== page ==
Pediatric Liver Disease
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People often think of cirrhosis as a disease caused by long-term alcohol abuse. While this is sometimes a factor in adults, cirrhosis in children often stems from a wide variety of liver disorders, including but certainly not limited to :.
What are some common liver disease symptoms?
Liver cirrhosis symptoms itself often causes no symptoms early in the disease process. Symptom severity may depend on the extent of liver damage. A person in the early stages of cirrhosis may feel fatigued and weak. Sometimes he or she will experience abdominal swelling that feels tender or painful. Family may notice the person has a poor appetite or is losing weight. As the disease progresses, bile flow is blocked or stopped, and jaundice yellow skin or eyes appears.
The same bile pigment, bilirubin, which is responsible for the yellow skin tones of jaundice can turn urine dark. Bleeding and bruising can occur more easily and take longer to heal. Other later symptoms, some due to complications, include:.
If your child's doctor suspects that your child has cirrhosis, he or she will perform tests to confirm or rule out the diagnosis. Tests may include but are not limited to :. In general, cirrhosis cannot be cured or reversed, doctors treat it with the following goals:. Your child's doctor may prescribe drugs to treat the underlying cause of the liver disease.
Other medications may be used to control symptoms or fight infections. Some medications are prescribed to get rid of excess fluid in the body or reduce the risk of a blood vessel breaking. Others help your child's body cut down on its absorption of harmful waste products or toxins.
Pediatric Liver Disease | Children's Healthcare of Atlanta
If the complications of cirrhosis can no longer be controlled, or if the liver is in danger of no longer functioning, a liver transplant is often the best option. Many of the liver disorders that cause cirrhosis in children are not preventable, but there are precautions you can take. Make sure your child receives all recommended immunizations including influenza and hepatitis vaccines at the times your pediatrician recommends.
If your child needs to take medications that may damage the liver, follow your doctor's recommendations about blood tests.
Balanced nutritional intake is important for people who already have cirrhosis of the liver can prevent or slow further liver damage by following their doctor's instructions regarding diet. Both parents must be carriers of the genetic defect to have a child with A1AT deficiency.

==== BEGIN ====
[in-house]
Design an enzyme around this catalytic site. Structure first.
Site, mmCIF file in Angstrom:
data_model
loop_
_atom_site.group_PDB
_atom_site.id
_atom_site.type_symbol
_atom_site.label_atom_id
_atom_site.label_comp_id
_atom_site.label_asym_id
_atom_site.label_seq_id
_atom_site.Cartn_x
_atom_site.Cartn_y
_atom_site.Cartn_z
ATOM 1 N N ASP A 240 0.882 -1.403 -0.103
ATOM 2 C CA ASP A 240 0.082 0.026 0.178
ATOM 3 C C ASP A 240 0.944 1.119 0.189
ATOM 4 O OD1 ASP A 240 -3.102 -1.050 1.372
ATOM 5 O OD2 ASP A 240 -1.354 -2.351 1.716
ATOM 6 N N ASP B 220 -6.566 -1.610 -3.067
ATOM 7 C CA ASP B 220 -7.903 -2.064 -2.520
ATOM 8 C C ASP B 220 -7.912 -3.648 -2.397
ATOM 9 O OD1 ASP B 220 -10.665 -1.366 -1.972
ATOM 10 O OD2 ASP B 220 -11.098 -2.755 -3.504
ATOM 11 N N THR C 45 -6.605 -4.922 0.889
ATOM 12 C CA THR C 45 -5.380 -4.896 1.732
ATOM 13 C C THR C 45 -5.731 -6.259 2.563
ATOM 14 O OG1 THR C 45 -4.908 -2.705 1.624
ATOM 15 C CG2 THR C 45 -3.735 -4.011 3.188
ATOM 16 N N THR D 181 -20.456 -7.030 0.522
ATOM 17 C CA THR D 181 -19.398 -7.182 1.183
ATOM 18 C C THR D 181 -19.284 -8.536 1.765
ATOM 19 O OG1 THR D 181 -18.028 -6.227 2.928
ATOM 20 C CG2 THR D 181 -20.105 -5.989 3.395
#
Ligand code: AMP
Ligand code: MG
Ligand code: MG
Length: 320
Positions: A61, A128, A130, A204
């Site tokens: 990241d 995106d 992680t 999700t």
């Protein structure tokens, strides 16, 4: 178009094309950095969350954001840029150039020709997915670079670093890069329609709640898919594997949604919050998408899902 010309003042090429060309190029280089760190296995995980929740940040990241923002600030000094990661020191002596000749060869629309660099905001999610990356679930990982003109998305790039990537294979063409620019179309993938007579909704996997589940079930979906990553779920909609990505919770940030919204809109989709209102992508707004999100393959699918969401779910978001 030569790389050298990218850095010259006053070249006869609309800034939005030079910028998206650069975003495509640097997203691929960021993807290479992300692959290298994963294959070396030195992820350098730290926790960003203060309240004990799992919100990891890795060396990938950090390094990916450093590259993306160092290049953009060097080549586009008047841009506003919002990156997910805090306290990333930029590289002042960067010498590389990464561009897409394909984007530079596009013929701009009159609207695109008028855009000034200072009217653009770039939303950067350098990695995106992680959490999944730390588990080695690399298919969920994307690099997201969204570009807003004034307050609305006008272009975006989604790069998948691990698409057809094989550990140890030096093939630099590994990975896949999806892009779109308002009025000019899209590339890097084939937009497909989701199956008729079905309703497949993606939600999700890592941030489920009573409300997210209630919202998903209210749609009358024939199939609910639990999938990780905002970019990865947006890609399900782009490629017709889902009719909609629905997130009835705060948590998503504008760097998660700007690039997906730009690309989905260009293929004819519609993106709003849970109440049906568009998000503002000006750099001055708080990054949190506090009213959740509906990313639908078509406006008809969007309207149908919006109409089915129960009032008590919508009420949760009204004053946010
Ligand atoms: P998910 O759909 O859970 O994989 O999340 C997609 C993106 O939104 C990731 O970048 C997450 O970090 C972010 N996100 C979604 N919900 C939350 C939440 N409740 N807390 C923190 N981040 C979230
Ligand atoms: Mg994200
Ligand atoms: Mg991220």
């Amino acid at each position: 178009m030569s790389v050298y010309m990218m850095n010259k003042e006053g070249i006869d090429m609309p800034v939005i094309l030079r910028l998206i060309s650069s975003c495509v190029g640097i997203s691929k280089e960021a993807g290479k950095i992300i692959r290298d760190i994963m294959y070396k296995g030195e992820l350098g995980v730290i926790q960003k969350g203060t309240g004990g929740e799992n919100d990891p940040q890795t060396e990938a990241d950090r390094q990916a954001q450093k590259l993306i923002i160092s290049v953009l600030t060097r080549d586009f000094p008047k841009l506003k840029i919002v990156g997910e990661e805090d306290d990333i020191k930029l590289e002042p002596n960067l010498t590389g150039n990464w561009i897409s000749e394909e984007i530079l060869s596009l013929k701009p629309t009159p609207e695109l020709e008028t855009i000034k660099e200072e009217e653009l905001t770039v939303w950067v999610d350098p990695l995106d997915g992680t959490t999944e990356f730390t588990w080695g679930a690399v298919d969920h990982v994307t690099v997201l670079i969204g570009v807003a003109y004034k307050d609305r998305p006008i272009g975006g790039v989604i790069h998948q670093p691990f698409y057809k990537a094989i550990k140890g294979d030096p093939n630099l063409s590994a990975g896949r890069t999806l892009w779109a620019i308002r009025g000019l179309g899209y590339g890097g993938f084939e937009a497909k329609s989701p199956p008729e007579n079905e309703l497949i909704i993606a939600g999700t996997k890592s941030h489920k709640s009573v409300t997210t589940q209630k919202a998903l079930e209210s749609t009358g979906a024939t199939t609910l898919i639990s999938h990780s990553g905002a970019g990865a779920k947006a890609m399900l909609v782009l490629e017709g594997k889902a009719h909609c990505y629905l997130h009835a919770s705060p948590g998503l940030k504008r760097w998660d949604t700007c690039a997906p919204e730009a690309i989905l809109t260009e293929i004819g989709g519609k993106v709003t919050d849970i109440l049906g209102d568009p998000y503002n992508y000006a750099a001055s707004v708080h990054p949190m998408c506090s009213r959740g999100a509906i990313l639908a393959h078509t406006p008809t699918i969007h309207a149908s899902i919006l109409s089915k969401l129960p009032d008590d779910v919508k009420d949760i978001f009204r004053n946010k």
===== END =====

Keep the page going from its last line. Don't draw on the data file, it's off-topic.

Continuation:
Although carrier parents partially produce the abnormal A1AT protein, they usually have no — or very minimal — symptoms and they may not realize they are partially affected until their child is diagnosed with the condition. About 10 percent of newborns with liver disease will be diagnosed with A1AT deficiency. Newborns may develop jaundice as part of inflammation of the liver associated with A1AT deficiency.
Older children and teens can present with a liver that has been inflamed for a long time, causing scarring cirrhosis to develop. Lung disease usually develops only in adulthood. Adults with A1AT deficiency may have difficulties with chronic obstructive pulmonary disease COPD , emphysema , chronic bronchitis , asthma , coughing and repeated lung infections.
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Testing is usually done when a child has liver inflammation of uncertain cause or when a family history suggests A1AT liver disease. The standard screening test is to measure the amount of A1AT protein in the circulation. When a low A1AT level is found, an additional test is usually done to identify the types of abnormal A1AT proteins that are in the circulation.
In rare cases, a more detailed analysis of the DNA in the gene may be necessary.
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The amount of liver swelling and damage can be assessed by ultrasonography sonogram of the abdomen, blood tests of liver inflammation and function and a liver biopsy, where a small piece of liver tissue is obtained and then examined under the microscope to search for changes typical of A1AT deficiency. There is no cure for A1AT deficiency.
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Therapy involves controlling symptoms and attempting to prevent the development of complications. To protect their lungs, it is very important that the affected person and those around them not smoke. Vaccinations to protect against viruses, such as hepatitis A and hepatitis B, that can further damage the liver should be given. It is difficult to predict how severely a liver will be affected. Liver function tests are followed over time.
Some patients may have minimal liver disease during their entire lifetime; however, a small number will eventually require liver transplant. Cirrhosis or chronic liver failure can be caused by a number of the liver and biliary diseases listed in Clinical Services or sometimes appear without known cause. Our approach to pediatric patients with this problem is to start with a thorough history and physical examination and nutritional assessment.